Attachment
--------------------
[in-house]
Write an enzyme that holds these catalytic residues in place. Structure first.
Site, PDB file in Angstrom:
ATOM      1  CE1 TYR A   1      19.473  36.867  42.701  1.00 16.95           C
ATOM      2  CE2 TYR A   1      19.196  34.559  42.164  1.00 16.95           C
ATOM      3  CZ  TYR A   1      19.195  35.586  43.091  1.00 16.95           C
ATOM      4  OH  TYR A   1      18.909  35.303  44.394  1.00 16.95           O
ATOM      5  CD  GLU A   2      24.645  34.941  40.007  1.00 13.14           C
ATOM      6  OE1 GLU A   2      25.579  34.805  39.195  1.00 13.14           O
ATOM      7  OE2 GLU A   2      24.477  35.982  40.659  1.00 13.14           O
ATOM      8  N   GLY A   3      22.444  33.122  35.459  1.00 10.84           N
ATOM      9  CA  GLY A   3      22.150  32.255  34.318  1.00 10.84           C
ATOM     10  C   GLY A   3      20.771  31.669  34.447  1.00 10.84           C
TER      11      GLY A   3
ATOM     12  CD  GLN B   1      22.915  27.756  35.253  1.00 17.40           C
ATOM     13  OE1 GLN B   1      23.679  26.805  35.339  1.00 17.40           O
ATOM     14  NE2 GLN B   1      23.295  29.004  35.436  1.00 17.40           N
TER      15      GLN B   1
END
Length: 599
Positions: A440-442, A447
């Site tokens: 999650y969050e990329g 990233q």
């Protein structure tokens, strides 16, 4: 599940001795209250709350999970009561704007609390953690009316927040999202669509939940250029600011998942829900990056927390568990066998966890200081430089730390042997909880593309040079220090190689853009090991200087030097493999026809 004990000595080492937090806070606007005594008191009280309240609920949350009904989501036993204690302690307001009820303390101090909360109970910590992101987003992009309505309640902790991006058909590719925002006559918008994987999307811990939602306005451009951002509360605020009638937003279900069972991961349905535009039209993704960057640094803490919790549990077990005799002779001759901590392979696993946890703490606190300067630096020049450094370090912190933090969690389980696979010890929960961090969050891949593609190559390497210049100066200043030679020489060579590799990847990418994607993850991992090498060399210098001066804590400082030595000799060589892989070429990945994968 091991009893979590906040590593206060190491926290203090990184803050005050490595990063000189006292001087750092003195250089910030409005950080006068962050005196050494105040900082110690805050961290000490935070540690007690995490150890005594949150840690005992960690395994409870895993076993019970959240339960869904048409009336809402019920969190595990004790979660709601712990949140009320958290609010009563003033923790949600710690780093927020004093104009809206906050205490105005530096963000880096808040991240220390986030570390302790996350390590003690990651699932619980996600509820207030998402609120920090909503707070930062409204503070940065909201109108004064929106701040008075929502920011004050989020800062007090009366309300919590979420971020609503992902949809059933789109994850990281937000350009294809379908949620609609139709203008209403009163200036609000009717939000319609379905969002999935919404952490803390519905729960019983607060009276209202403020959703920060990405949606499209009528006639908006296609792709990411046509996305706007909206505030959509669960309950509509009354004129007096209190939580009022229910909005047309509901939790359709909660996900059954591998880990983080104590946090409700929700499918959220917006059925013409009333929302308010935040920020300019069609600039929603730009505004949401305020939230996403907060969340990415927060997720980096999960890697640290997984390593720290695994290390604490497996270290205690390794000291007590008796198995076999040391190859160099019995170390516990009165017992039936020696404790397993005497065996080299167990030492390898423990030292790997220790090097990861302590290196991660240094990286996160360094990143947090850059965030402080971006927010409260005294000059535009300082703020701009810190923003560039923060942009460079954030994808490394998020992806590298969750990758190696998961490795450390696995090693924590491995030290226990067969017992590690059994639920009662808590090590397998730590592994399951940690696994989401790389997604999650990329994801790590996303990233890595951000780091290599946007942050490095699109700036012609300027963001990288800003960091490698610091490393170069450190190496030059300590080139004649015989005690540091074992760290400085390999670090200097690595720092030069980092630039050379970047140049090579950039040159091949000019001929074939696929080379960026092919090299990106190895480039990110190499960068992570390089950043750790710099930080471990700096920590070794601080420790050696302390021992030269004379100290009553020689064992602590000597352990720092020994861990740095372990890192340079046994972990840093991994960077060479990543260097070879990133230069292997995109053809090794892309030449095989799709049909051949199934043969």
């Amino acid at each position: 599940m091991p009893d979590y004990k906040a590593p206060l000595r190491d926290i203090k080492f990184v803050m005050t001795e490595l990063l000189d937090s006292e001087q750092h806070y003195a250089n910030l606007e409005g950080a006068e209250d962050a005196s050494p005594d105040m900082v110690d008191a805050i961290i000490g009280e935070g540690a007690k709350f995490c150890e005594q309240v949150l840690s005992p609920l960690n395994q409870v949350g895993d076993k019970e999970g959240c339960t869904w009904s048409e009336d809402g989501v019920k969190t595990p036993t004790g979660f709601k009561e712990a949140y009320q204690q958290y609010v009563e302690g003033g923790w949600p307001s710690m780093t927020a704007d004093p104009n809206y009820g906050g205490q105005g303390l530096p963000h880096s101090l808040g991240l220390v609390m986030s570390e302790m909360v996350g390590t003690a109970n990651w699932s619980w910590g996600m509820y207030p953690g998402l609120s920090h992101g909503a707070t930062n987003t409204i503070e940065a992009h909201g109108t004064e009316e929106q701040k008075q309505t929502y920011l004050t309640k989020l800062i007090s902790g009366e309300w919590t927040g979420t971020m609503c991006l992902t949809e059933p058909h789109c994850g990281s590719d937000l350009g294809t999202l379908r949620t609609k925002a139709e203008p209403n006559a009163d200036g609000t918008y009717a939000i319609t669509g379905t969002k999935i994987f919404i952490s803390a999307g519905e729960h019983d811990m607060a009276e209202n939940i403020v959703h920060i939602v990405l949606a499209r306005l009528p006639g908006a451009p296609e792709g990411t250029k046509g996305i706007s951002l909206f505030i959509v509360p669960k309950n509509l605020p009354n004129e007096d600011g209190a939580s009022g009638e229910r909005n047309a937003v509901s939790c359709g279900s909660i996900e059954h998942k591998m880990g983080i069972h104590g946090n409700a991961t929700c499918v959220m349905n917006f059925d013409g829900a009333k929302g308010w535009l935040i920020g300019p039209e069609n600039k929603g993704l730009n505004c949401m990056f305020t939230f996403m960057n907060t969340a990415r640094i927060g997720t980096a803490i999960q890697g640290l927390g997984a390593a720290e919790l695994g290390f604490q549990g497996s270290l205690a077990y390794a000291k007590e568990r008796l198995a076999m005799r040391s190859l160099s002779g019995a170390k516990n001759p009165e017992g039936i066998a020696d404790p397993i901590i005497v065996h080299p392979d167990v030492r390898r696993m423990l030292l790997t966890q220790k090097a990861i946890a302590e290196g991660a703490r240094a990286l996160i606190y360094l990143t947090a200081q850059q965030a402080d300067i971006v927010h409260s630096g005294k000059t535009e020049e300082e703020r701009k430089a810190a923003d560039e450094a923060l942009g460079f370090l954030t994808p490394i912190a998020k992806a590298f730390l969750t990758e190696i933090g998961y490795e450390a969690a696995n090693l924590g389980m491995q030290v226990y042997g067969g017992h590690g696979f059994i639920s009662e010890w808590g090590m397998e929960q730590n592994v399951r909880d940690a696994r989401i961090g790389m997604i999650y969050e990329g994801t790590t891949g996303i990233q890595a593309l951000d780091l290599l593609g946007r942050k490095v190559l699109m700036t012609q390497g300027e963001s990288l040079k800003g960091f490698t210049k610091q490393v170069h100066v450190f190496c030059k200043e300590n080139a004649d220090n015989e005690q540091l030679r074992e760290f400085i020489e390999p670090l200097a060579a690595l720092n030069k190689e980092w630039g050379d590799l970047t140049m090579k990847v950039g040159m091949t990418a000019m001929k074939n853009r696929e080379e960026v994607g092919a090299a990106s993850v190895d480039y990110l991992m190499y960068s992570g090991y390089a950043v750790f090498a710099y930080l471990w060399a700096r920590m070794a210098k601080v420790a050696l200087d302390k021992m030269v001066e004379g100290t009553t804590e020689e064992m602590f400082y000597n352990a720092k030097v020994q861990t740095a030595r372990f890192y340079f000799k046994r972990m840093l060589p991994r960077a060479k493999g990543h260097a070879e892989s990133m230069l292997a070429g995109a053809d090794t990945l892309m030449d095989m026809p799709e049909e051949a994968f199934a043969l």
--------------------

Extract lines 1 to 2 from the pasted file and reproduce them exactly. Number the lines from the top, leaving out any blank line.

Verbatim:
[in-house]
Write an enzyme that holds these catalytic residues in place. Structure first.